New superior green alternative for high volume, nutritious food production
A new study suggests that lab-grown insect meat -- fed on plants, and genetically modified for maximum growth, nutrition and flavour -- could be a superior green alternative for high volume, nutritious food production. "Due to the environmental, public health and animal welfare concerns associated with our current livestock system, it is vital to develop more sustainable food production methods," said Natalie Rubio from Tufts University in the US.
Genetically modified livestock, for example, that produce less methane or resist disease, can do little to relieve issues like land and water degradation, deforestation and biodiversity loss, according to the study published in the journal Frontiers in Sustainable Food Systems. However, for meat-lovers, soy- or mushroom-based substitutes just don't hit the spot -- and some plant crops are as thirsty as livestock.
Insect farming has a much lower water and space requirement and twice as much of cricket are edible than of a big-boned, big-bellied cow. Unsurprisingly though, creepy crawlies are proving even harder for consumers to swallow. Lab-grown meat could also squeeze water and space savings furthest of all, without compromising on taste, researchers said. Culturing beef, pork or chicken cells might require even more energy and resources than livestock farming, they said.
A better solution, said Rubio, may lie at the intersection of all these options: lab-grown insect meat -- fed on plants, and genetically modified for maximum growth, nutrition and flavour. "Compared to cultured mammalian, avian and other vertebrate cells, insect cell cultures require fewer resources and less energy-intensive environmental control, as they have lower glucose requirements and can thrive in a wider range of temperature, pH, oxygen and osmolarity conditions," said Rubio.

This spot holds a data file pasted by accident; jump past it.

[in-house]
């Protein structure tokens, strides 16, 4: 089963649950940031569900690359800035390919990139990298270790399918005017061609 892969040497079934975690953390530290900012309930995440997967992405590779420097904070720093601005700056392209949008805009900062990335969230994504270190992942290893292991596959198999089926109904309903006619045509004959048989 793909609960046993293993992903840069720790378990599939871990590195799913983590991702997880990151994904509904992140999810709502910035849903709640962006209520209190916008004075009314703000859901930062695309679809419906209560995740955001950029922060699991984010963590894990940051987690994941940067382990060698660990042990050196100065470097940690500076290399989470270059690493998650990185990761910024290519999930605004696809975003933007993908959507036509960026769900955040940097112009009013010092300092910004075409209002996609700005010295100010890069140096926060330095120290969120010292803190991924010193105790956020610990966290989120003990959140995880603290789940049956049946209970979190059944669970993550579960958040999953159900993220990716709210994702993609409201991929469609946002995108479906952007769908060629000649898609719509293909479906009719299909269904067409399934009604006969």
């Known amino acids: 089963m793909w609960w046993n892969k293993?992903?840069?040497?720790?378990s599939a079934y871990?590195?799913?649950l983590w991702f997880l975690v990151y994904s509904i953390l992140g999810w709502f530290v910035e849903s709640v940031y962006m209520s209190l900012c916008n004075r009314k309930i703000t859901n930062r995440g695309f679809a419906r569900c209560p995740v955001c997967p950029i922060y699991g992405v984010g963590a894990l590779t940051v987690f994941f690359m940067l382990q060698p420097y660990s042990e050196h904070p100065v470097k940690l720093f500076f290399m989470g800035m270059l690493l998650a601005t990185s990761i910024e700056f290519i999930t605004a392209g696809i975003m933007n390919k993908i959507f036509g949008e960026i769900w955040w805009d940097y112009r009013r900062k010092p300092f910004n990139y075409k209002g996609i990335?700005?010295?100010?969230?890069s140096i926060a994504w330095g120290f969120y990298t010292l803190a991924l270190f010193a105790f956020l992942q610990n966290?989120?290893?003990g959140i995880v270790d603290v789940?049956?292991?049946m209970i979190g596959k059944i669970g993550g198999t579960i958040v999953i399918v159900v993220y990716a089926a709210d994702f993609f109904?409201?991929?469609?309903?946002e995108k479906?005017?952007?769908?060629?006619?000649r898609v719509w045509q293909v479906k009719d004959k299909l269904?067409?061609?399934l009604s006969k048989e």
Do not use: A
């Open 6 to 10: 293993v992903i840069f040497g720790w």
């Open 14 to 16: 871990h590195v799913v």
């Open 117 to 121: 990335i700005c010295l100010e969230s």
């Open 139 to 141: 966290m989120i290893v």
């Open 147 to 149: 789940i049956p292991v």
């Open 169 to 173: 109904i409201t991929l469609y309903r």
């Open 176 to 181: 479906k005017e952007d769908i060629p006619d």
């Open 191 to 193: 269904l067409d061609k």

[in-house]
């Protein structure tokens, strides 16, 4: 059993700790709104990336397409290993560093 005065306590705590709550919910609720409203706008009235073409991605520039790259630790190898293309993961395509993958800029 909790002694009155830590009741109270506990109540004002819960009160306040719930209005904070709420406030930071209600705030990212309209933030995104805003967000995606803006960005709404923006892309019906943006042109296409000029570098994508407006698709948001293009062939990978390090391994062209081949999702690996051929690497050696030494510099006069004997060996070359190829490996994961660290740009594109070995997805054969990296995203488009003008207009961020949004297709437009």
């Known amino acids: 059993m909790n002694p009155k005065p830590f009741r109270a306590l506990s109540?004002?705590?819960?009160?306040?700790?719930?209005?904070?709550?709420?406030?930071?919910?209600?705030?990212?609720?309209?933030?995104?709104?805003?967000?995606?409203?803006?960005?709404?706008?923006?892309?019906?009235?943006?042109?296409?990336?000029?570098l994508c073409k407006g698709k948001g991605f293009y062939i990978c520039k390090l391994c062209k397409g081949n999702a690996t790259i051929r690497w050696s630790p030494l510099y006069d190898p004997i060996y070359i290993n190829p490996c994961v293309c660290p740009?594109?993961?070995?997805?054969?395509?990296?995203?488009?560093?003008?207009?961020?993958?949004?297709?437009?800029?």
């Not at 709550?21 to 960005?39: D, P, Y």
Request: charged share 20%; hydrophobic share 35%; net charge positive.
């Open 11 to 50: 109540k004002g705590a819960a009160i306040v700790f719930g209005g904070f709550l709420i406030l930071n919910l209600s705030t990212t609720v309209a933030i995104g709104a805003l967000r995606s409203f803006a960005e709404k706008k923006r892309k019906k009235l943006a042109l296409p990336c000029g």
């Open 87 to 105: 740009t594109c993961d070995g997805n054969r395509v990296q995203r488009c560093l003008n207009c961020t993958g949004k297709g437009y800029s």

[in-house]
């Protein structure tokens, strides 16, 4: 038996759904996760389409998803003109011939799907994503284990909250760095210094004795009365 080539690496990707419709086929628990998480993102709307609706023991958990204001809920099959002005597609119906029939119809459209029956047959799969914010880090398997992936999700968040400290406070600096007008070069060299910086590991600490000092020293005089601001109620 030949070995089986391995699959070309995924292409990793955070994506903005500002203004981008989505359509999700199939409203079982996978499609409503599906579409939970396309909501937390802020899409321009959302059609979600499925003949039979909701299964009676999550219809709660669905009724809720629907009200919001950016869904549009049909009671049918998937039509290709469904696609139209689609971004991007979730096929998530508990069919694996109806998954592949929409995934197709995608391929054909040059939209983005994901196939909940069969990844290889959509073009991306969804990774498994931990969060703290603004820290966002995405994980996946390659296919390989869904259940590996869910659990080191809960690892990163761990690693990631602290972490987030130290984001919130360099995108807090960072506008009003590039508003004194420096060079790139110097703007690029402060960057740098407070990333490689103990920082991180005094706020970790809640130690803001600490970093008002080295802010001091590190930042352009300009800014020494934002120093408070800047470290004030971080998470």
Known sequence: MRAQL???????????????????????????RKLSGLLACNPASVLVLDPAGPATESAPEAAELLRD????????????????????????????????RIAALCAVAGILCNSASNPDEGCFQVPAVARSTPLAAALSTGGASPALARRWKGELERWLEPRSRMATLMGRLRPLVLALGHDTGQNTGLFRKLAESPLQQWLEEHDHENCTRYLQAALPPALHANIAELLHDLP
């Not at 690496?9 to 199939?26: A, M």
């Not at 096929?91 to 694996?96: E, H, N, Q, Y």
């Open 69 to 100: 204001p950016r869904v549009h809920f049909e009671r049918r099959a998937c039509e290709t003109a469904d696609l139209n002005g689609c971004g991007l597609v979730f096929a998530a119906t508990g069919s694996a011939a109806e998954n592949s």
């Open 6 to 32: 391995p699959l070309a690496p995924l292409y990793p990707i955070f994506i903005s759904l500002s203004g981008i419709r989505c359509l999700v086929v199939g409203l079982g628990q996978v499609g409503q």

"Alterations necessary for large-scale production are also simpler to achieve with insect cells, which are currently used for bio-manufacture of insecticides, drugs and vaccines," he said. Research for these applications has already led to inexpensive, animal-free growth media for insect cells -- including soy- and yeast-based formulas -- as well as successful 'suspension culture'.
"In most mammalian muscle cell culture systems, the cells have to be fixed in a single layer to a growth surface -- which is complex to scale up for mass food production. "Many insect cells, however, can be grown free-floating in a suspension of growth media to allow cost-effective, high-density cell generation," Rubio said. Technology developed to stimulate the movement of insect tissue for bio-robotics could also be applied to food production, since regular contraction may be required for cultured insect muscle to develop a 'meaty' texture. A particularly efficient method is optogenetic engineering, whereby cells are made to contract in response to light by introducing a new gene -- another advantage of insect cells, which more readily accept genetic modifications than do other animal cells.
"Despite this immense potential, cultured insect meat isn't ready for consumption," Rubio said. "Research is ongoing to master two key processes: controlling the development of insect cells into muscle and fat and combining these in 3D cultures with a meat-like texture. "For the latter, sponges made from chitosan -- a mushroom-derived fibre that is also present in the invertebrate exoskeleton -- are a promising option," he said.
(With inputs from agencies.)
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